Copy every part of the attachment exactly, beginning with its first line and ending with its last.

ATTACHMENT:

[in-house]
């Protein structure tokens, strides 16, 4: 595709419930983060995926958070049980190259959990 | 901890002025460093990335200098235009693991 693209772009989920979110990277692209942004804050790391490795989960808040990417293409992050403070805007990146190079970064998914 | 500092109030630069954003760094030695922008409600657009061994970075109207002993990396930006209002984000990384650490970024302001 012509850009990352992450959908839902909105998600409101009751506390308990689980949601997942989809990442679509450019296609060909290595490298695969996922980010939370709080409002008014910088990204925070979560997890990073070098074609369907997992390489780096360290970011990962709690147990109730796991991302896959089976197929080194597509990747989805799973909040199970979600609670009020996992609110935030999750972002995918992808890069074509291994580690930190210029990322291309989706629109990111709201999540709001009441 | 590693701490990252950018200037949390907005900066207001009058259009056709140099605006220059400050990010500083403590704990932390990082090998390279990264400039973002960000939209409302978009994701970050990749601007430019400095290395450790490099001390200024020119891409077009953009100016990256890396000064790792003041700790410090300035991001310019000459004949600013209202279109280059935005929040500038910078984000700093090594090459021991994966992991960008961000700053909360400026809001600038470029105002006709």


[in-house]
């Protein structure tokens, strides 16, 4: 595709419930983060995926958070049980190259959990 | 901890002025460093990335200098235009693991 693209772009989920979110990277692209942004804050790391490795989960808040990417293409992050403070805007990146190079970064998914 | 500092109030630069954003760094030695922008409600657009061994970075109207002993990396930006209002984000990384650490970024302001 012509850009990352992450959908839902909105998600409101009751506390308990689980949601997942989809990442679509450019296609060909290595490298695969996922980010939370709080409002008014910088990204925070979560997890990073070098074609369907997992390489780096360290970011990962709690147990109730796991991302896959089976197929080194597509990747989805799973909040199970979600609670009020996992609110935030999750972002995918992808890069074509291994580690930190210029990322291309989706629109990111709201999540709001009441 | 590693701490990252950018200037949390907005900066207001009058259009056709140099605006220059400050990010500083403590704990932390990082090998390279990264400039973002960000939209409302978009994701970050990749601007430019400095290395450790490099001390200024020119891409077009953009100016990256890396000064790792003041700790410090300035991001310019000459004949600013209202279109280059935005929040500038910078984000700093090594090459021991994966992991960008961000700053909360400026809001600038470029105002006709």